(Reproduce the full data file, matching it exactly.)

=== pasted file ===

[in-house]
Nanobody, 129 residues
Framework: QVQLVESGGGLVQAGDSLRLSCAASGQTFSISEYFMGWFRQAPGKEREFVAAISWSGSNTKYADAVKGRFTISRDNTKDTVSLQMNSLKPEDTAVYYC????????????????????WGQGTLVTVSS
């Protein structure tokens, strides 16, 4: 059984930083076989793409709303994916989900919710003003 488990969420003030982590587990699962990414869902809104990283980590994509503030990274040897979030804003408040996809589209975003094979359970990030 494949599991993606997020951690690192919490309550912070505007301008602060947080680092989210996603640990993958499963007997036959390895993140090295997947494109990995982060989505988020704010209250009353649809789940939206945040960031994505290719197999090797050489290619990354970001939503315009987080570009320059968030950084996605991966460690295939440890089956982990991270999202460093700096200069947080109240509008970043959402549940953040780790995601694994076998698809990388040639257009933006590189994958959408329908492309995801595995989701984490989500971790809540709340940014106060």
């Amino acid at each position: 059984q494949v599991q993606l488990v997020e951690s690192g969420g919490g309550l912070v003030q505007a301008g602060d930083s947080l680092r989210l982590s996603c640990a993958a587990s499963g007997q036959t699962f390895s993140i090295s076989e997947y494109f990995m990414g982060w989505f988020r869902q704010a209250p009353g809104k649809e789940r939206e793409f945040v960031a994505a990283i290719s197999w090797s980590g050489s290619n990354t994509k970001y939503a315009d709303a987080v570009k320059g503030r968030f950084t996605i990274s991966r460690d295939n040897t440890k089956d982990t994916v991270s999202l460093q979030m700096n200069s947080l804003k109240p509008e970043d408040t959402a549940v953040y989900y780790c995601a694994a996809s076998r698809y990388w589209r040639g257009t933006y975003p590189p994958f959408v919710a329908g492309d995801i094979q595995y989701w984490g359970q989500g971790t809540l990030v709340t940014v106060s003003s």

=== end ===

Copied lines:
[in-house]
Nanobody, 129 residues
Framework: QVQLVESGGGLVQAGDSLRLSCAASGQTFSISEYFMGWFRQAPGKEREFVAAISWSGSNTKYADAVKGRFTISRDNTKDTVSLQMNSLKPEDTAVYYC????????????????????WGQGTLVTVSS
């Protein structure tokens, strides 16, 4: 059984930083076989793409709303994916989900919710003003 488990969420003030982590587990699962990414869902809104990283980590994509503030990274040897979030804003408040996809589209975003094979359970990030 494949599991993606997020951690690192919490309550912070505007301008602060947080680092989210996603640990993958499963007997036959390895993140090295997947494109990995982060989505988020704010209250009353649809789940939206945040960031994505290719197999090797050489290619990354970001939503315009987080570009320059968030950084996605991966460690295939440890089956982990991270999202460093700096200069947080109240509008970043959402549940953040780790995601694994076998698809990388040639257009933006590189994958959408329908492309995801595995989701984490989500971790809540709340940014106060």
């Amino acid at each position: 059984q494949v599991q993606l488990v997020e951690s690192g969420g919490g309550l912070v003030q505007a301008g602060d930083s947080l680092r989210l982590s996603c640990a993958a587990s499963g007997q036959t699962f390895s993140i090295s076989e997947y494109f990995m990414g982060w989505f988020r869902q704010a209250p009353g809104k649809e789940r939206e793409f945040v960031a994505a990283i290719s197999w090797s980590g050489s290619n990354t994509k970001y939503a315009d709303a987080v570009k320059g503030r968030f950084t996605i990274s991966r460690d295939n040897t440890k089956d982990t994916v991270s999202l460093q979030m700096n200069s947080l804003k109240p509008e970043d408040t959402a549940v953040y989900y780790c995601a694994a996809s076998r698809y990388w589209r040639g257009t933006y975003p590189p994958f959408v919710a329908g492309d995801i094979q595995y989701w984490g359970q989500g971790t809540l990030v709340t940014v106060s003003s």